So what is net neutrality?
The topic of net neutrality has dominated the internet for weeks. Many people have been speculating the implications of net neutrality in both the news and on social media. Will we have to pay more to access our favorite websites? Are startups and small businesses doomed? Is the internet as we know it gone forever? While net neutrality is a valid cause for concern, I wouldn’t start mourning the death of the internet just yet.
In 2015, the Federal Communications Commission established net neutrality regulations. High-speed internet was reclassified from an information to a telecommunications service. Information services are subjected to less regulation than telecommunications services, which can be regulated under Title II of the Communications Act. These rules were established to protect the open Internet, prohibiting Internet service providers (ISPs) from promoting some content over other content unfairly.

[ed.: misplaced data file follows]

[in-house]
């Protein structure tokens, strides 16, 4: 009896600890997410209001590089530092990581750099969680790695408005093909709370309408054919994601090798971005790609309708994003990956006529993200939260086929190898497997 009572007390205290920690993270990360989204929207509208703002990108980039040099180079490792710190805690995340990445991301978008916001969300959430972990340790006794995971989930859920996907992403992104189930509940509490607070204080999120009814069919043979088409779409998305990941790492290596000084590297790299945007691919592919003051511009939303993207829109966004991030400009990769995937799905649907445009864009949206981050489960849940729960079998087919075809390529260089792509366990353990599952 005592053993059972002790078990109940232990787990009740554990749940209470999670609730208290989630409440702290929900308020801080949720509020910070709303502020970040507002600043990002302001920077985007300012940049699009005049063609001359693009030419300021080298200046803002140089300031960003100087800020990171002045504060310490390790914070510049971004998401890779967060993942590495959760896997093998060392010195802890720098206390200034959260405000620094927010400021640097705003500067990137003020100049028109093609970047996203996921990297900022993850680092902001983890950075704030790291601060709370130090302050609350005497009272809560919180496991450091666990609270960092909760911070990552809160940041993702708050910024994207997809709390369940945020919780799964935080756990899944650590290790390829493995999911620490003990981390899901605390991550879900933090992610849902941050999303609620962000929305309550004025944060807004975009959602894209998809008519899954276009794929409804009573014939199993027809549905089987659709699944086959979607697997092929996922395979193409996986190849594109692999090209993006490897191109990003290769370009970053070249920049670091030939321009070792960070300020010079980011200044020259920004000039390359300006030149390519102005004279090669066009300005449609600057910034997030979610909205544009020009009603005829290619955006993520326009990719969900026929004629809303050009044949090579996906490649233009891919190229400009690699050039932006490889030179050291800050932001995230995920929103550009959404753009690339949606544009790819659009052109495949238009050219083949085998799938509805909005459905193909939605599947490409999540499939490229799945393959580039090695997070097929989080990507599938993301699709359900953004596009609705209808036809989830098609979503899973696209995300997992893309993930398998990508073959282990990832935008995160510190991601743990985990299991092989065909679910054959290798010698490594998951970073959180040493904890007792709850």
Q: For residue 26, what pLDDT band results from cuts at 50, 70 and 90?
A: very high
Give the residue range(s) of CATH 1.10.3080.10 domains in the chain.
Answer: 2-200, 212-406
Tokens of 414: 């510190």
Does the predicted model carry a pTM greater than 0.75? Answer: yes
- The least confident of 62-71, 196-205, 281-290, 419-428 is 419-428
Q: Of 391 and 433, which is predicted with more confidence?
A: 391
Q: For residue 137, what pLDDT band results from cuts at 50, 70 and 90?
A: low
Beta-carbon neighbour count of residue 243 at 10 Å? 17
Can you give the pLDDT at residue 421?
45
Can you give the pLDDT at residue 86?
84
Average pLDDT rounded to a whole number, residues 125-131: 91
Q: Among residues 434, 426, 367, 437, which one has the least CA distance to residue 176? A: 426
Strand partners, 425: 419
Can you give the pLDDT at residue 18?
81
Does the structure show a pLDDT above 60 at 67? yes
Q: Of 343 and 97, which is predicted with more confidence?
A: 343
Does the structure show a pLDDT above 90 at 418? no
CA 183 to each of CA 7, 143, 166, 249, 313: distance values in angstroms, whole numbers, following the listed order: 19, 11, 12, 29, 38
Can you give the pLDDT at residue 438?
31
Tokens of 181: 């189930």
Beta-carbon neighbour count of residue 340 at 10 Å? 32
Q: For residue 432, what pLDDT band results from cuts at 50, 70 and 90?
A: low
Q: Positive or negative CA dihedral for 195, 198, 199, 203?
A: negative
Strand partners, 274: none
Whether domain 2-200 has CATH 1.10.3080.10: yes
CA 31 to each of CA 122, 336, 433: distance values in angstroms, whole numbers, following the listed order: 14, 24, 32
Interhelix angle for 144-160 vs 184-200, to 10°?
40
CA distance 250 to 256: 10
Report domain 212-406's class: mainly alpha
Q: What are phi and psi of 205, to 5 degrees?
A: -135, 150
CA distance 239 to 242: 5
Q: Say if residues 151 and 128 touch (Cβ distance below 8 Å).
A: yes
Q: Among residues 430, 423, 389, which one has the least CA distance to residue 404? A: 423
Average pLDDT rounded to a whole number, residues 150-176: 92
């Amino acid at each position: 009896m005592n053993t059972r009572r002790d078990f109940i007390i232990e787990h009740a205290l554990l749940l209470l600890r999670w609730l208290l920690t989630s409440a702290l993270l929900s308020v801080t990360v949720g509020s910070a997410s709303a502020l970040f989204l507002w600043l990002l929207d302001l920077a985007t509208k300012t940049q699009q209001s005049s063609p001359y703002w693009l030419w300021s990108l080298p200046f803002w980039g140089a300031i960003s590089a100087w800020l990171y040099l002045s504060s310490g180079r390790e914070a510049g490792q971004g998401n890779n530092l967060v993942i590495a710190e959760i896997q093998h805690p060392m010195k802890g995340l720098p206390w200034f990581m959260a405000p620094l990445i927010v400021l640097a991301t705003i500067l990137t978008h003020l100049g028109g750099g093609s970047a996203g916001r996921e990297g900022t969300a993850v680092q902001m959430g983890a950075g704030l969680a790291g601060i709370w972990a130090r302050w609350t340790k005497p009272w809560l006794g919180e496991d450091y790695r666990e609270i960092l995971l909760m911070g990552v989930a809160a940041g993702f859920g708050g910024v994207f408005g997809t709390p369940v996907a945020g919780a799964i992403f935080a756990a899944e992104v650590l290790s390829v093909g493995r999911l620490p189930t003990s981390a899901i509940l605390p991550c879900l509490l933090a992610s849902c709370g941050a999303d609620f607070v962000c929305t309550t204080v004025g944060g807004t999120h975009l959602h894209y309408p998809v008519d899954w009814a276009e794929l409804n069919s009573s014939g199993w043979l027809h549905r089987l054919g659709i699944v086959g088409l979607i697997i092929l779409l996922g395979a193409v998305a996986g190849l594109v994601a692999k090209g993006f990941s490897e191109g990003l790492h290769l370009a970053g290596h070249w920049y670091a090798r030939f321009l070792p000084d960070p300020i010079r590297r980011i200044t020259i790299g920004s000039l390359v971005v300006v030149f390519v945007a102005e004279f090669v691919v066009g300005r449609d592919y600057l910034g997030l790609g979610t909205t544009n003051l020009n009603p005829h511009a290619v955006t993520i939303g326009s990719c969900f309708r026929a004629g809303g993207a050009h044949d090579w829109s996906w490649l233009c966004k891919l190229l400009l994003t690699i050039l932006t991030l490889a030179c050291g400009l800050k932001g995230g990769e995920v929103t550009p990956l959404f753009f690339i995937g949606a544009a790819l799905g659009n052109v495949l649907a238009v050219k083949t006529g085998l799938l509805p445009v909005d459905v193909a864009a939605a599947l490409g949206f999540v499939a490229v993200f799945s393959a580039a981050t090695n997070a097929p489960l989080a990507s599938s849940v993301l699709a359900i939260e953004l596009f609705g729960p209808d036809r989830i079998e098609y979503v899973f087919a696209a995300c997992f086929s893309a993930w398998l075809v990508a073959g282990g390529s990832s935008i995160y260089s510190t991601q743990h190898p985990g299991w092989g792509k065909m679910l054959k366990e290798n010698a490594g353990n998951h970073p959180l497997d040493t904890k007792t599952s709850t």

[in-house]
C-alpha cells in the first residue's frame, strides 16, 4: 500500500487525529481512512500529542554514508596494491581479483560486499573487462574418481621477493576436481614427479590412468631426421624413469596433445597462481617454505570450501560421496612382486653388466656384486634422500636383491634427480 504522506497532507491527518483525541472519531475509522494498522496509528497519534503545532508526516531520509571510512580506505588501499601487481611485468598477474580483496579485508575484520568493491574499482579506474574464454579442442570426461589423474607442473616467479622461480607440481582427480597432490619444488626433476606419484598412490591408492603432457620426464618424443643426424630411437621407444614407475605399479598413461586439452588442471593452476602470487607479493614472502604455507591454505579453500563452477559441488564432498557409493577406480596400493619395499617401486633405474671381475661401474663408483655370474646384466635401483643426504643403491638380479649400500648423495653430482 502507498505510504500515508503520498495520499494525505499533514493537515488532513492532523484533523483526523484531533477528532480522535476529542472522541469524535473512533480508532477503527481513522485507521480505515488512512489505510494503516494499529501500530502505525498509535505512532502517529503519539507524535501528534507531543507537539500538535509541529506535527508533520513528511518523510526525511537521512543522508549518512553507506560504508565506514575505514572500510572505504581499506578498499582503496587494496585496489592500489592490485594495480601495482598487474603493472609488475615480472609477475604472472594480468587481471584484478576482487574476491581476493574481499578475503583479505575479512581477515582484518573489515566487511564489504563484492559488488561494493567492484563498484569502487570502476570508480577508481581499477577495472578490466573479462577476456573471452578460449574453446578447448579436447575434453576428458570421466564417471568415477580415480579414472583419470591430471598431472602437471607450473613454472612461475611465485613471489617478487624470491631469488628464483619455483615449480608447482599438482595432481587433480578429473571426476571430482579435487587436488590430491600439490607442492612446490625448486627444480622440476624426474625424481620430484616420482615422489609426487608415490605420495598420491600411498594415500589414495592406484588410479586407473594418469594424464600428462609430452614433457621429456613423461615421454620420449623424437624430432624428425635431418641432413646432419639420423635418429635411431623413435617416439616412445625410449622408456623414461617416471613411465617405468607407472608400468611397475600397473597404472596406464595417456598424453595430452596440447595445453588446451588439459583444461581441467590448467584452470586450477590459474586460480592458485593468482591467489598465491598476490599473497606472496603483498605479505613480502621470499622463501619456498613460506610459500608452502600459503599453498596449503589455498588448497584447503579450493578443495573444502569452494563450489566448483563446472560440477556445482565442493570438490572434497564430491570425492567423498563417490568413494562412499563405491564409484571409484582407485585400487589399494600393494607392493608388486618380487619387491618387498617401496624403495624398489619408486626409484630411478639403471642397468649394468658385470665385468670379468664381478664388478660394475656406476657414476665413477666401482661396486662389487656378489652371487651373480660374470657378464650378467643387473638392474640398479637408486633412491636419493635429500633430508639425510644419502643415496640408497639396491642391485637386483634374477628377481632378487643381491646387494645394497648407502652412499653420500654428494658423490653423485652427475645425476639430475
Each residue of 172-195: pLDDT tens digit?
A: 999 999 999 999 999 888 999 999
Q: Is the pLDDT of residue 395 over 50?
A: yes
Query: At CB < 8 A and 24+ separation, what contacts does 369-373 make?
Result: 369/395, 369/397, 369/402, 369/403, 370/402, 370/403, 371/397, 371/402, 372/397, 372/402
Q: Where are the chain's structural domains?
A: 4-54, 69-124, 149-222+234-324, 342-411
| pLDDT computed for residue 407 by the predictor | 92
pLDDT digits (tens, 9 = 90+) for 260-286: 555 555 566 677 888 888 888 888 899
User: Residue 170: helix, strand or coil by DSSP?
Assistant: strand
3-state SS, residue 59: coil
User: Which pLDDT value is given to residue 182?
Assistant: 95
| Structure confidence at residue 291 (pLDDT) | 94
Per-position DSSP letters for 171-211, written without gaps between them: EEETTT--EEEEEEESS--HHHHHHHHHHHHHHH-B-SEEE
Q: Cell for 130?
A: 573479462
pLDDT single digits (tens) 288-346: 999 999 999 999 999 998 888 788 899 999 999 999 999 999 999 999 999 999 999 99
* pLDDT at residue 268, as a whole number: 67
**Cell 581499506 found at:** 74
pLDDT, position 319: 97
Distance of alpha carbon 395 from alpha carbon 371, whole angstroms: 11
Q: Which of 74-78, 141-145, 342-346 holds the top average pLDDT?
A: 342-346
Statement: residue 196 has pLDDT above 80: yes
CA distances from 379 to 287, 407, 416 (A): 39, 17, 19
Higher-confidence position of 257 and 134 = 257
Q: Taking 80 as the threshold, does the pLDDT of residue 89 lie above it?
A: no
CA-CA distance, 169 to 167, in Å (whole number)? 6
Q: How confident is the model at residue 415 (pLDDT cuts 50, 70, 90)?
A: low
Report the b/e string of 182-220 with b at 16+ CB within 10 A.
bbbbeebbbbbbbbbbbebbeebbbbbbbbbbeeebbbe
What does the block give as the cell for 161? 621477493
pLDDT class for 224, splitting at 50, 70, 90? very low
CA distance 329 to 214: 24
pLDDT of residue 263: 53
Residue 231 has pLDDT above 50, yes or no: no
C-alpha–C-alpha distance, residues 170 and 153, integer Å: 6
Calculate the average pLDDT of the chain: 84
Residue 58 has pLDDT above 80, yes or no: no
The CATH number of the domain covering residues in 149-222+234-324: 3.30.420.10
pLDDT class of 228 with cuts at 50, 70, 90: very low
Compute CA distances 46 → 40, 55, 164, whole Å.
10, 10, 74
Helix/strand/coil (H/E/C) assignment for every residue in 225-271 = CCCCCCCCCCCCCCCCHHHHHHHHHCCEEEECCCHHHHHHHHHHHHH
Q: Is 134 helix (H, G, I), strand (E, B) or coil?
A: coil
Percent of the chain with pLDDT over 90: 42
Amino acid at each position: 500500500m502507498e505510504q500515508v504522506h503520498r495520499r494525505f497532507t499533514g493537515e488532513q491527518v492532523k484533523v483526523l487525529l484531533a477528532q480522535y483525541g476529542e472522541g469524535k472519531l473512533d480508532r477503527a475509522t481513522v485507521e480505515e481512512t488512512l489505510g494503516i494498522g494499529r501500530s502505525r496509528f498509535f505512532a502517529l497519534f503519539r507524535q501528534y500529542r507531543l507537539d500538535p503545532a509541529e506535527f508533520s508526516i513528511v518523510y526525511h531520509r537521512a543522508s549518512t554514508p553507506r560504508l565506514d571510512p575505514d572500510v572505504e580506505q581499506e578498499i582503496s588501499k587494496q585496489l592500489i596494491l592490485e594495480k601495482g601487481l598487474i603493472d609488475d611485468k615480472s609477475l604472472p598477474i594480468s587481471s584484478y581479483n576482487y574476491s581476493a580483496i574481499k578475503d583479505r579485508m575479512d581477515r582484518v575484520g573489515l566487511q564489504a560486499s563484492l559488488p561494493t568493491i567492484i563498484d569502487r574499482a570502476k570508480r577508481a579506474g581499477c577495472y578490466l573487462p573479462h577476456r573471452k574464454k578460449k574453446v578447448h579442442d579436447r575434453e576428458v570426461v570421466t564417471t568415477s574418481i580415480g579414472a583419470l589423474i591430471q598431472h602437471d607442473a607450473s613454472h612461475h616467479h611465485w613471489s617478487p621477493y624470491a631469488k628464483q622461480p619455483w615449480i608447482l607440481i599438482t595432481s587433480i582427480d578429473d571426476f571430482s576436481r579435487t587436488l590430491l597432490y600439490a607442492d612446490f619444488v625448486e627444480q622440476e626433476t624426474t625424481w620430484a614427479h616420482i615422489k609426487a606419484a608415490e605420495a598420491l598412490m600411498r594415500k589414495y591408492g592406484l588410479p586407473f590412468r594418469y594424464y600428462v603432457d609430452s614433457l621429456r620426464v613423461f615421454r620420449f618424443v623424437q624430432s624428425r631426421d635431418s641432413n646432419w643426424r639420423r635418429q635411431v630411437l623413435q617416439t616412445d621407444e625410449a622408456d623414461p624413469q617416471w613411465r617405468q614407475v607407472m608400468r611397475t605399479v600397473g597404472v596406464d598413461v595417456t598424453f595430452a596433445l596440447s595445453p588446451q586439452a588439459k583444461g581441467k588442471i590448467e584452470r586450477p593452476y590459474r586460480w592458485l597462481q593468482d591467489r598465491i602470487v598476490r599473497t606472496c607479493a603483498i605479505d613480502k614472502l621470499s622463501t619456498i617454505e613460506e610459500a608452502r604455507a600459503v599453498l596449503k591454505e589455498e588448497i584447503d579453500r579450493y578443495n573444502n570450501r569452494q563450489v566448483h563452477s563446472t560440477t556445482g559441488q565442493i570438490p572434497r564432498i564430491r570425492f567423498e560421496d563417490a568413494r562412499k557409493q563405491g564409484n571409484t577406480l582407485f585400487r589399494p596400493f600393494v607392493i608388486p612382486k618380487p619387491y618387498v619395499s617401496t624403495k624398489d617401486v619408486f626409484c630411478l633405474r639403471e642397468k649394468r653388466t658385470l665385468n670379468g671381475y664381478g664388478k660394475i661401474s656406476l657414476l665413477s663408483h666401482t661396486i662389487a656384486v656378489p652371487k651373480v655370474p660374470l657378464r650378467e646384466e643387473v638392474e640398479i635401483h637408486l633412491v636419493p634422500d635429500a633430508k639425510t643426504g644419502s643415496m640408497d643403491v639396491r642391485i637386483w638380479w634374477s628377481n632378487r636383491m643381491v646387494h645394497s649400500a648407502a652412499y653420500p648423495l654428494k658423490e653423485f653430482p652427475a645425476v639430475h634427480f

What may happen?
Without net neutrality regulations, this could occur in several ways, including paid prioritization, in which a content owner pays an ISP to promote its content over other content or to install “fast lanes” to their website. An ISP could also prioritize their own content, or block certain websites, such as those of competitors.
How did net neutrality get repealed?
On December 14, 2017, the FCC repealed these net neutrality regulations. The Federal Communications Commission’s chairman, Ajit Pai, and two other Republican commissioners voted against net neutrality, granting them the majority at 3-2. The supposed benefit of repealing net neutrality regulations is to promote competition among Internet providers. Supporters of the repeal of net neutrality regulations suggest that internet service providers will not reduce consumers’ internet capabilities, but promote innovation and reasonable prices. Major internet providers such as Comcast and AT&T claim that our internet experience will not change drastically and that they will not engage in most forms of paid prioritization. However, many of us remain skeptical.